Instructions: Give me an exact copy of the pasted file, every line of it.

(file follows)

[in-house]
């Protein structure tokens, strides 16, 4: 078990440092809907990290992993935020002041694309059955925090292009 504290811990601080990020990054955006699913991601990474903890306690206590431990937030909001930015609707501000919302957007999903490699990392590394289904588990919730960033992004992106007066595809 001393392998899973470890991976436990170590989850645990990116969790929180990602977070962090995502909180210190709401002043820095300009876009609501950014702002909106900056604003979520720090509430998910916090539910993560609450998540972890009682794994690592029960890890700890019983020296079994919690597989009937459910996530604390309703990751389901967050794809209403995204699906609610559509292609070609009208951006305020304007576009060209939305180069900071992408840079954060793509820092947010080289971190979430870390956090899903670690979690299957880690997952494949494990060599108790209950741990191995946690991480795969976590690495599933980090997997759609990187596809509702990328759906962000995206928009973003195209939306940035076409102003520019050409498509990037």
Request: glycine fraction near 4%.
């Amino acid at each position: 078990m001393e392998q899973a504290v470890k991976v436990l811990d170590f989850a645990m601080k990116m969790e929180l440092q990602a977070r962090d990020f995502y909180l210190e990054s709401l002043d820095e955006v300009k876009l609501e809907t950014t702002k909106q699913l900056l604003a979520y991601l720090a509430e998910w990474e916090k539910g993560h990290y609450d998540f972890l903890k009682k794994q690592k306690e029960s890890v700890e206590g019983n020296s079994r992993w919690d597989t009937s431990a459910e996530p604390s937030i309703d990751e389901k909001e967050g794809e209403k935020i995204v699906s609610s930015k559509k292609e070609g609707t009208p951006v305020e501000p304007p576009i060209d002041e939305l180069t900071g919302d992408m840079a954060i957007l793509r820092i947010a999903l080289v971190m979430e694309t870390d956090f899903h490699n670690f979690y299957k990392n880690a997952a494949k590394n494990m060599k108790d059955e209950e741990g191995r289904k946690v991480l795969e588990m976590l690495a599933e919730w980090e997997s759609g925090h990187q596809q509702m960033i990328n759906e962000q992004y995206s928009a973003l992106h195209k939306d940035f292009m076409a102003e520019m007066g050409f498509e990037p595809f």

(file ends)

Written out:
[in-house]
């Protein structure tokens, strides 16, 4: 078990440092809907990290992993935020002041694309059955925090292009 504290811990601080990020990054955006699913991601990474903890306690206590431990937030909001930015609707501000919302957007999903490699990392590394289904588990919730960033992004992106007066595809 001393392998899973470890991976436990170590989850645990990116969790929180990602977070962090995502909180210190709401002043820095300009876009609501950014702002909106900056604003979520720090509430998910916090539910993560609450998540972890009682794994690592029960890890700890019983020296079994919690597989009937459910996530604390309703990751389901967050794809209403995204699906609610559509292609070609009208951006305020304007576009060209939305180069900071992408840079954060793509820092947010080289971190979430870390956090899903670690979690299957880690997952494949494990060599108790209950741990191995946690991480795969976590690495599933980090997997759609990187596809509702990328759906962000995206928009973003195209939306940035076409102003520019050409498509990037």
Request: glycine fraction near 4%.
């Amino acid at each position: 078990m001393e392998q899973a504290v470890k991976v436990l811990d170590f989850a645990m601080k990116m969790e929180l440092q990602a977070r962090d990020f995502y909180l210190e990054s709401l002043d820095e955006v300009k876009l609501e809907t950014t702002k909106q699913l900056l604003a979520y991601l720090a509430e998910w990474e916090k539910g993560h990290y609450d998540f972890l903890k009682k794994q690592k306690e029960s890890v700890e206590g019983n020296s079994r992993w919690d597989t009937s431990a459910e996530p604390s937030i309703d990751e389901k909001e967050g794809e209403k935020i995204v699906s609610s930015k559509k292609e070609g609707t009208p951006v305020e501000p304007p576009i060209d002041e939305l180069t900071g919302d992408m840079a954060i957007l793509r820092i947010a999903l080289v971190m979430e694309t870390d956090f899903h490699n670690f979690y299957k990392n880690a997952a494949k590394n494990m060599k108790d059955e209950e741990g191995r289904k946690v991480l795969e588990m976590l690495a599933e919730w980090e997997s759609g925090h990187q596809q509702m960033i990328n759906e962000q992004y995206s928009a973003l992106h195209k939306d940035f292009m076409a102003e520019m007066g050409f498509e990037p595809f």